Rate of Reactions

Key Questions

  • Several factors can increase the rate of a chemical reaction. In general, anything that increases the number of collisions between particles will increase the reaction rate, and anything that decreases the number of collisions between particles will decrease the chemical reaction rate.

    A higher concentration of reactants leads to more collisions per unit time and leads to an increasing reaction rate.

    Changing the pressure of gaseous reactants is, in effect, changing their concentration. The increased number of collisions caused by a higher pressure generally increases the reaction rate.

    Reaction depends on collisions. If a reactant is a solid, grinding it into smaller particles will increase the surface area. The more surface area on which collisions can occur, the faster the reaction.

    Usually, an increase in temperature causes an increase in the reaction rate. A higher temperature means that the molecules have a higher average kinetic energy and more collisions per unit time. It also increases the number of collisions that have enough energy to cause a reaction to take place.

    The rate of a chemical reaction depends on the medium in which the reaction occurs. The reaction may go faster in an aqueous solution than in an organic solvent or in a more polar solvent.

    Catalysts lower the activation energy of a chemical reaction and increase the rate of a chemical reaction without being consumed in the process. They do this by an alternative mechanism that has a lower activation energy.

  • It doesn't.

    Activation energy is a fixed amount for a reaction - a constant which is derived from the bonds in the reactants which need to be broken so that the products can be formed.

    It is of thermodynamic importance as to what the numerical value of the activation energy is.

    The rate of reaction, however, is of kinetic importance. That is a question of how quickly the bonds break, not how easily the reaction proceeds.

    For the same reaction, it is the same binds that need to be broken, so the same amount of energy that will be needed to do it. The only thing that can affect the activation energy is using a catalyst - that introduces a new reaction pathway, so it is not really the same reaction any more.

    Hayek explains some of this in a video.

    The reaction rate of a chemical reaction is the amount of a reactant reacted or the amount of a product formed per unit time. Often, the amount can be expressed in terms of concentrations or some property that is proportional to concentration.

    For a reaction such as A → 2B, we could measure either the rate at which [B] increases or the rate at which [A] decreases.
    Rate of formation of B = increase in concentration/time interval = Δ[B]/Δt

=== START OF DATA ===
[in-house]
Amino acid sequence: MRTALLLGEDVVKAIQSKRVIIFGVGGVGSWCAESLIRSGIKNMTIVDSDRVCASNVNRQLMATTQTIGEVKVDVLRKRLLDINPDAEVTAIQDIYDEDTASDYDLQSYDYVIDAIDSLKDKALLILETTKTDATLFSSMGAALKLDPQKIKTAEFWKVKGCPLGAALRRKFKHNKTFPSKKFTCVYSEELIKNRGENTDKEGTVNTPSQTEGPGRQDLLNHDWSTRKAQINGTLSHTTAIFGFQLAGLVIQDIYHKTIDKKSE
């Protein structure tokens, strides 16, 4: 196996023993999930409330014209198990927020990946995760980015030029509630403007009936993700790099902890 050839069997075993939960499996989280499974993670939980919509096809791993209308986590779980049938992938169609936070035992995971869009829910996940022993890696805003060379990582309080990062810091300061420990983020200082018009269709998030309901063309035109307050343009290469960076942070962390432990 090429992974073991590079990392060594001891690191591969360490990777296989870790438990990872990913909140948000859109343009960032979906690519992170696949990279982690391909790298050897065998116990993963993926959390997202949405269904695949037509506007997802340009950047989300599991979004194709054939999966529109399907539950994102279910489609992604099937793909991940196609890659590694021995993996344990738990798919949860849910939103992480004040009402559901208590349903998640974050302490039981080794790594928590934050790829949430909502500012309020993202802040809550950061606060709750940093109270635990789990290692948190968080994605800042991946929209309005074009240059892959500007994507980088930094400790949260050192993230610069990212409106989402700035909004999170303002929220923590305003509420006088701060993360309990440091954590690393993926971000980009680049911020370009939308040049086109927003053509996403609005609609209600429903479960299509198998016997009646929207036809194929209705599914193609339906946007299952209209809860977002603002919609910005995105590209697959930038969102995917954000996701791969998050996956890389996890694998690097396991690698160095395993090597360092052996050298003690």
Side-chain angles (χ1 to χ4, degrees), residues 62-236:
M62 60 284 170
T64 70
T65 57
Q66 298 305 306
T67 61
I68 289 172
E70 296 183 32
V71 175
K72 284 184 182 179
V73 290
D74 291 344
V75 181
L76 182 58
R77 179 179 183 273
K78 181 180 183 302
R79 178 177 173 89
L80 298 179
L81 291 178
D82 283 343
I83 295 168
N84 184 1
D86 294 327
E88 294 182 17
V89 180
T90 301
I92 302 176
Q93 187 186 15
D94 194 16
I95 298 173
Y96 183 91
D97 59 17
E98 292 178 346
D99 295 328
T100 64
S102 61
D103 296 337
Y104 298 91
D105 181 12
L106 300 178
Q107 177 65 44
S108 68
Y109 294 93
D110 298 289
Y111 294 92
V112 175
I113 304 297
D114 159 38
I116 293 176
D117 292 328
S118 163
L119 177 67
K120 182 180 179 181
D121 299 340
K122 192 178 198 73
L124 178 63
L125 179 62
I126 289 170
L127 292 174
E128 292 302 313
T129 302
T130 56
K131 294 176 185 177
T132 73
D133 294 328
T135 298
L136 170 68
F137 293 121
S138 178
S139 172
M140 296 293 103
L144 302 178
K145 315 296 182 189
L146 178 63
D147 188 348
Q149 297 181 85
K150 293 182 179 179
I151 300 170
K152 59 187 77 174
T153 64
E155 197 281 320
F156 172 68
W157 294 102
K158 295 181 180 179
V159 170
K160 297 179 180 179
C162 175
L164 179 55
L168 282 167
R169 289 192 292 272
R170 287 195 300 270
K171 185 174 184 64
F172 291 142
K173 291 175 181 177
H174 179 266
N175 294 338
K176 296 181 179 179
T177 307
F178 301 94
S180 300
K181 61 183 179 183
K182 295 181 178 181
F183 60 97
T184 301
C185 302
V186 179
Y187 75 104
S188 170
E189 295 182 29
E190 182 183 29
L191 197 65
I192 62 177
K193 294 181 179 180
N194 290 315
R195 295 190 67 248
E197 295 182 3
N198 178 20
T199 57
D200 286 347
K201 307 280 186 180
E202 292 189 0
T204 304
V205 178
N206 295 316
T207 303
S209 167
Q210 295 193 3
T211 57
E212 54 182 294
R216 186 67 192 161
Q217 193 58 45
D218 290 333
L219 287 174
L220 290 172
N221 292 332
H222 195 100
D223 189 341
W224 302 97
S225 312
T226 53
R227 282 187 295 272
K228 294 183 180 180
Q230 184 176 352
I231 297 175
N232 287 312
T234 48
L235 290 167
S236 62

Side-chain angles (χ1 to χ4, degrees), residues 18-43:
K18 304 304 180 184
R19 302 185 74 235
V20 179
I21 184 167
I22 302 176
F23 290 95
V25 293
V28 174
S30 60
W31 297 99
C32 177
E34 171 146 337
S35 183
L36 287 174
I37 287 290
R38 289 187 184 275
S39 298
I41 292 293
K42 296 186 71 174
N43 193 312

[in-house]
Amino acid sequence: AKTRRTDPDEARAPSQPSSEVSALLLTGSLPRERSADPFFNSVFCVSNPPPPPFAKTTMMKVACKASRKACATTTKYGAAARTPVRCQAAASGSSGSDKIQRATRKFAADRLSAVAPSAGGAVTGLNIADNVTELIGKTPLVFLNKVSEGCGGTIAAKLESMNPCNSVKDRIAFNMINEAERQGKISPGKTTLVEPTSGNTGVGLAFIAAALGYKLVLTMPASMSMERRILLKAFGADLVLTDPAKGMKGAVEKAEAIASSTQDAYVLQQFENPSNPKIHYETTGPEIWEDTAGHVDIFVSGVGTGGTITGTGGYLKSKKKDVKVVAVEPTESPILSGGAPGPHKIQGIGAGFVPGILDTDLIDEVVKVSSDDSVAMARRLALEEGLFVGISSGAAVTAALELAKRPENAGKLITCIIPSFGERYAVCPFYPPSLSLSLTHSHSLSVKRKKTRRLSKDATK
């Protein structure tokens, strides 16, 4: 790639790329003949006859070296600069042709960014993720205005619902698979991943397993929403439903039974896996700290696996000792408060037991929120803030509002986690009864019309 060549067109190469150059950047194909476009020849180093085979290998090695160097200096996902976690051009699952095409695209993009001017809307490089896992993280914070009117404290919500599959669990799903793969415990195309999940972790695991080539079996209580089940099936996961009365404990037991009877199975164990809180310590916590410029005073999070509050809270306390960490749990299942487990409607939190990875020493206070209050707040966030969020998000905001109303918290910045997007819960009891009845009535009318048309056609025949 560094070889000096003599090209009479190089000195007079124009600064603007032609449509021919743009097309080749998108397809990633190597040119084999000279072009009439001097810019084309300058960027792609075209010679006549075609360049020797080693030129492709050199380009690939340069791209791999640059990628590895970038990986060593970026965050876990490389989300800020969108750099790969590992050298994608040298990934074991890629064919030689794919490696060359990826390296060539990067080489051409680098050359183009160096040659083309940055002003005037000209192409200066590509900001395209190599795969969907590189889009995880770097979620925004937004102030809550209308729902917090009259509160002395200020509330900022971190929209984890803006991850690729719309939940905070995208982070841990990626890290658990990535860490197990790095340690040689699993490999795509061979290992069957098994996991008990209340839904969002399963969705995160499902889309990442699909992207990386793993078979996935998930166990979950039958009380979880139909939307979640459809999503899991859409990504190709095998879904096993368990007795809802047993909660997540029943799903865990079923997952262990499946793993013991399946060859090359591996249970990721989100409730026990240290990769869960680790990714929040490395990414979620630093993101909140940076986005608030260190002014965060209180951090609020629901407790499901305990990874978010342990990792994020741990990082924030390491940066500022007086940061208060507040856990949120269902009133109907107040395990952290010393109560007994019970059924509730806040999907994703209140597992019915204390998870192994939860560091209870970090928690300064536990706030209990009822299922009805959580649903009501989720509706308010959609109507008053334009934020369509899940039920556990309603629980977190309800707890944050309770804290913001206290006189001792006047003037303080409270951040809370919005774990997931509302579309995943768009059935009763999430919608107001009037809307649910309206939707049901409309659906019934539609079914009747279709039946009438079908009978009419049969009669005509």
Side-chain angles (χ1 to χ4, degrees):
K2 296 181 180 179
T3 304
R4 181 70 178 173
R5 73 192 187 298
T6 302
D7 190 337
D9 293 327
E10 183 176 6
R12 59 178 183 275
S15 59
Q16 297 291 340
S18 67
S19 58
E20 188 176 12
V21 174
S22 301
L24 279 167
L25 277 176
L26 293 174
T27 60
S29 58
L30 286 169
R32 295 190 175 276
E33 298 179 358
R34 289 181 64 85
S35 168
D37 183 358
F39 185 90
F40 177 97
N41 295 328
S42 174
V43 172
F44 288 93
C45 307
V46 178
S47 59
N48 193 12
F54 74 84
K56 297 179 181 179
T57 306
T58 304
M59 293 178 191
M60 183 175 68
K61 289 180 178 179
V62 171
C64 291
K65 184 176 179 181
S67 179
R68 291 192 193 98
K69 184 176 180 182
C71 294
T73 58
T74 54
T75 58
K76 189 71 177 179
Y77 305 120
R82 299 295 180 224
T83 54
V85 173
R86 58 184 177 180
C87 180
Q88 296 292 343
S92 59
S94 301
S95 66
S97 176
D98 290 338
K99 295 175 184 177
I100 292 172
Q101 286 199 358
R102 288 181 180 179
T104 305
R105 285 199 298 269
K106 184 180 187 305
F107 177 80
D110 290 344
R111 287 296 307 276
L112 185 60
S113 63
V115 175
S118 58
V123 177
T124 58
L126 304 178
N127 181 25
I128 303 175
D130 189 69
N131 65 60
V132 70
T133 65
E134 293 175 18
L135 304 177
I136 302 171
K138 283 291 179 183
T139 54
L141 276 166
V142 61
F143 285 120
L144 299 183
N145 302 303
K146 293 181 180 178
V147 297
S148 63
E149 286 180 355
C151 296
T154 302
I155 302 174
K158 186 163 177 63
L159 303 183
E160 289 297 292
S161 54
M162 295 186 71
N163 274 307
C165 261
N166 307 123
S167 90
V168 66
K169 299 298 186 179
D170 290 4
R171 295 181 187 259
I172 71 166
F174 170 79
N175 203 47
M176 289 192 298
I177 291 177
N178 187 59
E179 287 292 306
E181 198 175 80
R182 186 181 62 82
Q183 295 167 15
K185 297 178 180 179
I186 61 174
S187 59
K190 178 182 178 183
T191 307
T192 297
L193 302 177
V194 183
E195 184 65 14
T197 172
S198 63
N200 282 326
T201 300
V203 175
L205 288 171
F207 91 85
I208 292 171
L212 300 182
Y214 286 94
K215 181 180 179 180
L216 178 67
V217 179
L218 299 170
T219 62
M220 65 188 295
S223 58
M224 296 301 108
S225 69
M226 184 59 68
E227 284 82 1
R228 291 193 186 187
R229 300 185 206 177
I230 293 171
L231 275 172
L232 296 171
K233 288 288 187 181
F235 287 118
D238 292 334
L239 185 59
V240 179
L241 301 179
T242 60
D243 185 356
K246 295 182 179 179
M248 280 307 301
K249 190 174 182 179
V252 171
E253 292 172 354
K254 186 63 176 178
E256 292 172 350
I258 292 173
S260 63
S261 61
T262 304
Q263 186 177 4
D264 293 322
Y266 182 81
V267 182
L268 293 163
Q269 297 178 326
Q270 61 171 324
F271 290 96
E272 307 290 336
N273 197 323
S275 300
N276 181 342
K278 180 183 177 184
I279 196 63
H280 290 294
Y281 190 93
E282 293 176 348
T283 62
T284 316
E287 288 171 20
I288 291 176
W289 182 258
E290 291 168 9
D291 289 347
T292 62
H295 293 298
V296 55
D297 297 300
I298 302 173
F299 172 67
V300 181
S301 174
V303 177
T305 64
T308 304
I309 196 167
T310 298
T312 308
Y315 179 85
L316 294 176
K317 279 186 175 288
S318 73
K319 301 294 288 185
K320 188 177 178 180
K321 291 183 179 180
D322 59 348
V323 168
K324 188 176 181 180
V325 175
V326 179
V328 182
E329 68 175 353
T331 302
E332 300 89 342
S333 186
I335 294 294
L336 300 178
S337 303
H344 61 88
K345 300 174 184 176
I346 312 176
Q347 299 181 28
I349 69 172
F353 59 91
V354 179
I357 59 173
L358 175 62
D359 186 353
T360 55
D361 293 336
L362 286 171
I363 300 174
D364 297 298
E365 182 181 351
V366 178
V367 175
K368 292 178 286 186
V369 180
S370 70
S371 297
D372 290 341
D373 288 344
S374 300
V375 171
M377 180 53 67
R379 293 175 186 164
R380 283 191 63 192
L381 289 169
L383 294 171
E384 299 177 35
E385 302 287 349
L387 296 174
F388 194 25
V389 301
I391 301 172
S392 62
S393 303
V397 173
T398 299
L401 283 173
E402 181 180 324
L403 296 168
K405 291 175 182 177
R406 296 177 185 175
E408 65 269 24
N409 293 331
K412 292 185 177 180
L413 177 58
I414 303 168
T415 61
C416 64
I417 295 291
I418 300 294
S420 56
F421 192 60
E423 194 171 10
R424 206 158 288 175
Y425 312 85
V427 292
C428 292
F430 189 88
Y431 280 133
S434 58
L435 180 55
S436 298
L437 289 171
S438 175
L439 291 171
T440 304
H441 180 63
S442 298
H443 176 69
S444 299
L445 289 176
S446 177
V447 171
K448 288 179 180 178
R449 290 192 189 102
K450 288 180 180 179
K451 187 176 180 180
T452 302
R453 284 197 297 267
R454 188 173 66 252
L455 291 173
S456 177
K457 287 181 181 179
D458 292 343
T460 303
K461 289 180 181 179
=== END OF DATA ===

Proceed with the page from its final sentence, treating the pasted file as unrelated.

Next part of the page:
Rate of reaction of A = increase in concentration/time interval = -Δ[A]/Δt

    Note that the rate is always expressed as a positive number (that’s the reason for the negative sign in front of the Δ[A]).

    Also, the two rates are different. If [A] is decreasing at the rate of 0.1 mol•L⁻¹min⁻¹, [B] is increasing at the rate of 0.2 mol•L⁻¹min⁻¹. The rate of a reaction should be the same, no matter how we measure it. We must account for the stoichiometry of the reaction. So we divide the rate with respect to a component by its coefficient in the balanced equation. Thus, whether we are measuring [A] or [B], the rate of reaction is 0.1 mol•L⁻¹min⁻¹.

    For a reaction such as aA + bB → cC + dD, our new definition becomes
    Rate of reaction = -(1/a)Δ[A]/Δt = -(1/b)Δ[B]/Δt = (1/c)Δ[C]/Δt = (1/d)Δ[D]/Δt

    Depending on the time interval between measurements, the rates are called
    initial rate: instantaneous rate at the beginning of an experiment
    average rate: rate measured between long time interval
    instantaneous rate: rate measured between very short interval

    To measure a reaction rate, we usually monitor either a product or a reactant for its change. We can monitor any physical characteristic related to the quantity or concentration of a product or reactant.

    N₂O₃(g) decomposes to NO₂(g) and NO(g) according to the reaction
    N₂O₃(g) → NO₂(g) + NO(g)
    The reaction is followed by measuring [NO₂] at different times. The following data are obtained.
    t/s [NO₂]/mol•/L⁻¹

    What is the average rate of formation of NO₂ over this time interval? What is the average rate of reaction over this time interval?

    Δ[NO₂]/Δt = (0.193 – 0) mol•L⁻¹/(884 – 0) s = 0.193/884 mol•L⁻¹s⁻¹ =
    2.18 × 10⁻⁴ mol•L⁻¹s⁻¹

    Since the coefficient of NO₂ in the balanced equation is 1,
    Rate of reaction = (1/1)Δ[NO₂]/Δt = 2.18 × 10⁻⁴ mol•L⁻¹s⁻¹